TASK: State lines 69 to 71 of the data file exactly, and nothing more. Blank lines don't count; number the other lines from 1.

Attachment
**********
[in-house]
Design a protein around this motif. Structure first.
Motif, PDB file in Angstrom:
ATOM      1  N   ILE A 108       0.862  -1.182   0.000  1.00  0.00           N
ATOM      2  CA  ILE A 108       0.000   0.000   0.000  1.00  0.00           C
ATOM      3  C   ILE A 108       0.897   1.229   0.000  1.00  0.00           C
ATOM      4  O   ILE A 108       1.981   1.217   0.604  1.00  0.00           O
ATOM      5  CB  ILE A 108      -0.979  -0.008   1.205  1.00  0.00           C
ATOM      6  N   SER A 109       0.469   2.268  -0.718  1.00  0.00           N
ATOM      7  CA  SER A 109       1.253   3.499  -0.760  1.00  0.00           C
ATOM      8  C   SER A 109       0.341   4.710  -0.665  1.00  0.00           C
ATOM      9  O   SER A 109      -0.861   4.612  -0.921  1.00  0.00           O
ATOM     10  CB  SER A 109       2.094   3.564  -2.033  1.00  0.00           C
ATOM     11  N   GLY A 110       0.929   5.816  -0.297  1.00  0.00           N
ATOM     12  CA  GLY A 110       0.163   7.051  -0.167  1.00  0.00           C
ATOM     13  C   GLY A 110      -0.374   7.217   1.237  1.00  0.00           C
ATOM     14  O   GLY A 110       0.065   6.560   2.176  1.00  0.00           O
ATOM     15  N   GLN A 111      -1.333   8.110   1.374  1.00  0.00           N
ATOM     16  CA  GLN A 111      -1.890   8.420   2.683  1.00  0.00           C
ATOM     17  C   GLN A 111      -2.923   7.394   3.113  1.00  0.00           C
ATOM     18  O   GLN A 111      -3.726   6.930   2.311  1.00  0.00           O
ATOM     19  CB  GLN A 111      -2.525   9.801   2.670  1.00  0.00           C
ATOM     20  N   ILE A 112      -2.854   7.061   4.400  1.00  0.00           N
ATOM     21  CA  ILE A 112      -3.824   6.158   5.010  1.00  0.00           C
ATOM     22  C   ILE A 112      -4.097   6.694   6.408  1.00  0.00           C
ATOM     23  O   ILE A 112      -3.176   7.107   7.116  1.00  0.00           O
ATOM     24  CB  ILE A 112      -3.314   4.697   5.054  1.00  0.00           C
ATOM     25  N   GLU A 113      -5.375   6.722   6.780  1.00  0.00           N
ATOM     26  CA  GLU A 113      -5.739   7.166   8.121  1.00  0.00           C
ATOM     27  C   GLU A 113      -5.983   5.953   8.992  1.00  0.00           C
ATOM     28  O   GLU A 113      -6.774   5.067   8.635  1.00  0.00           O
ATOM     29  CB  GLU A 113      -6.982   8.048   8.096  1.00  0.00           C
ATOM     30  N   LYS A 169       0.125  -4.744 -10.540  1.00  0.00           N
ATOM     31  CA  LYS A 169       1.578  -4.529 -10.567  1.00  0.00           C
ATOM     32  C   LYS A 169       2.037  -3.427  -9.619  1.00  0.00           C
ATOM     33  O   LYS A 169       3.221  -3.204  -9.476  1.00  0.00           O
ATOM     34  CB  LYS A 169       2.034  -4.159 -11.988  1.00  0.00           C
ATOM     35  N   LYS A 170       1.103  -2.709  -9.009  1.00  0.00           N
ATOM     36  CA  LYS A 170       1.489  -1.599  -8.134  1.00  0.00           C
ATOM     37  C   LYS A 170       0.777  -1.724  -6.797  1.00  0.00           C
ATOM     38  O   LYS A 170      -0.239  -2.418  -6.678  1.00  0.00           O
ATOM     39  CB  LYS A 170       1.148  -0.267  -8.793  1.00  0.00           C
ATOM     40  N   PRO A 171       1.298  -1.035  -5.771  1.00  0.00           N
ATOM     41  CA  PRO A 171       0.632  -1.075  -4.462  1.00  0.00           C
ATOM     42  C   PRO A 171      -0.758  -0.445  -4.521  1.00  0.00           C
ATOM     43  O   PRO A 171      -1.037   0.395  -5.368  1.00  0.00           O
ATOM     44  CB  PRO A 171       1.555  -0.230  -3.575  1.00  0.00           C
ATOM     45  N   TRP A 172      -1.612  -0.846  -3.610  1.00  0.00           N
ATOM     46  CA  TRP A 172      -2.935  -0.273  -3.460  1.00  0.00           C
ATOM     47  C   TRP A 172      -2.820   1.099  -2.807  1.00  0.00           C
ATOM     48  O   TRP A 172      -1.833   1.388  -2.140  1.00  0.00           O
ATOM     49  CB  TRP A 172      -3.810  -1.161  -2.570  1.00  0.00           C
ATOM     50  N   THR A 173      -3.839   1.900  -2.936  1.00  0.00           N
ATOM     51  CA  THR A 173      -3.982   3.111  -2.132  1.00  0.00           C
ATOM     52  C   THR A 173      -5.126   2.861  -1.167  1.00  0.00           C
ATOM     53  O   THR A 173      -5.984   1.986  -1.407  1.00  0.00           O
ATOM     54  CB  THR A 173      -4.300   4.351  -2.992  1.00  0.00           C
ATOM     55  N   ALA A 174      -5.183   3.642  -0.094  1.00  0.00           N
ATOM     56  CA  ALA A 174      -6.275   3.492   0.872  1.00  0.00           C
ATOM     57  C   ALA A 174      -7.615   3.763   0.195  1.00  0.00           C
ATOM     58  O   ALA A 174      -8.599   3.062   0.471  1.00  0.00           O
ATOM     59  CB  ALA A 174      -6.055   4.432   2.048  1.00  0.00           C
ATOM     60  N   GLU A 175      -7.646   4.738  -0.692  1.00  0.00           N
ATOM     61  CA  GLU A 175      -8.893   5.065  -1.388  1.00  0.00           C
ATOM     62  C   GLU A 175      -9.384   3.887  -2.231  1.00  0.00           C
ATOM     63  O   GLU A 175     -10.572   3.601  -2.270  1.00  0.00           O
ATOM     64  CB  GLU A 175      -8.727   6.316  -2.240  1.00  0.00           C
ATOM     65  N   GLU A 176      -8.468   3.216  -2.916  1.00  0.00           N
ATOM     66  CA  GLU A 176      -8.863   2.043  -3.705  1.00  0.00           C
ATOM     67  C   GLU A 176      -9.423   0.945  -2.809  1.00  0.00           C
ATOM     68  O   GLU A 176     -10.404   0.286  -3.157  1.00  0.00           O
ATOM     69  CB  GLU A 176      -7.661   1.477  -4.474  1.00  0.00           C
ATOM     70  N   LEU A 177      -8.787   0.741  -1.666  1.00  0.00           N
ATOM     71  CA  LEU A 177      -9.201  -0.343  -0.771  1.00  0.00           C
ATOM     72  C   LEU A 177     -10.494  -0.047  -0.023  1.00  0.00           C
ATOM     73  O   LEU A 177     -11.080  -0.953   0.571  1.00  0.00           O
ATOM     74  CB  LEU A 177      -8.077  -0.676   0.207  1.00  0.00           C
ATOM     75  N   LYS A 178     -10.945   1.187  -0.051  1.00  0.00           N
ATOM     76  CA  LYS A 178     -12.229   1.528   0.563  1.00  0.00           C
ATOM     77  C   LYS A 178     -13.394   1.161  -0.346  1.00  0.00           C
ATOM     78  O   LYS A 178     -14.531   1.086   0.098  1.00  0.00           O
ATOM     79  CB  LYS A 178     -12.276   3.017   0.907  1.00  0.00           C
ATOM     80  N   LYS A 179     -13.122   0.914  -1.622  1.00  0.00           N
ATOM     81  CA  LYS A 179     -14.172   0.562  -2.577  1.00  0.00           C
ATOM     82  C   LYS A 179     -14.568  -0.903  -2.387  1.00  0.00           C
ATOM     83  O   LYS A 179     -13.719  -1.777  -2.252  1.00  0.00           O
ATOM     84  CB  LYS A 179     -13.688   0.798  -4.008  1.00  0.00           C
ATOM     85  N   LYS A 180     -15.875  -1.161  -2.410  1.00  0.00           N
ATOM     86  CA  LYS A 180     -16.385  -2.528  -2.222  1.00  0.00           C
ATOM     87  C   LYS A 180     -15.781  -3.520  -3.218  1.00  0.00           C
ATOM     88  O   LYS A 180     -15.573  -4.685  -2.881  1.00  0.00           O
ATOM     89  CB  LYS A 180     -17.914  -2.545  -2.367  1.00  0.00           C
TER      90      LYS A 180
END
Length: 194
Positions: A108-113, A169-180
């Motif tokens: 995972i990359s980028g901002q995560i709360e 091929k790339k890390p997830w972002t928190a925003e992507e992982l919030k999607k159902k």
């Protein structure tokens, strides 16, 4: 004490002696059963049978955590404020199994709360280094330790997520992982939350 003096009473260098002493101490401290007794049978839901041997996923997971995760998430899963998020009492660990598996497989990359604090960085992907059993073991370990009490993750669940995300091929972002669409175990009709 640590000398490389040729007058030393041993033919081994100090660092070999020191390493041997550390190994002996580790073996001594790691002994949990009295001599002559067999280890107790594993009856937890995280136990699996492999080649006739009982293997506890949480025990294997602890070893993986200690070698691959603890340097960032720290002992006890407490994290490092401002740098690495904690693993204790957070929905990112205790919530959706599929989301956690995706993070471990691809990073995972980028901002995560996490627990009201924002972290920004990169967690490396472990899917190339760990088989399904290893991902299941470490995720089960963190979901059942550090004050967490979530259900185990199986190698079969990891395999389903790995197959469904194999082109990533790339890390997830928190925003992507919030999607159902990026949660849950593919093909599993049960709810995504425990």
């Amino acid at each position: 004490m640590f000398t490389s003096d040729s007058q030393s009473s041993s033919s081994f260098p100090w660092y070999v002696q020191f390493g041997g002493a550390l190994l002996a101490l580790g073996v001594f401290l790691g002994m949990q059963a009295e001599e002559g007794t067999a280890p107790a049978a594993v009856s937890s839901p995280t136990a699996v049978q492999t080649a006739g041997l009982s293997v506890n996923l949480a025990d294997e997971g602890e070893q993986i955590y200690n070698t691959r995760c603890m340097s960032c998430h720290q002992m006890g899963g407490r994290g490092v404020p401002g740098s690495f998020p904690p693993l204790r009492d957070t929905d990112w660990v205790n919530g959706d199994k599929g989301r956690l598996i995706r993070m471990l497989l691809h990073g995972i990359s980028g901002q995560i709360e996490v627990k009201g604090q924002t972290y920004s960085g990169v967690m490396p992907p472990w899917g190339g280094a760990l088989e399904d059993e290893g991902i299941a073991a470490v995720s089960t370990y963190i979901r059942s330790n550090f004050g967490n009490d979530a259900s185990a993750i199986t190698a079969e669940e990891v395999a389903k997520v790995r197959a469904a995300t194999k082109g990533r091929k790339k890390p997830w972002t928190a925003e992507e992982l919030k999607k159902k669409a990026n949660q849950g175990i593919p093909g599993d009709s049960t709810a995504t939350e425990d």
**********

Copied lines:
ATOM     66  CA  GLU A 176      -8.863   2.043  -3.705  1.00  0.00           C
ATOM     67  C   GLU A 176      -9.423   0.945  -2.809  1.00  0.00           C
ATOM     68  O   GLU A 176     -10.404   0.286  -3.157  1.00  0.00           O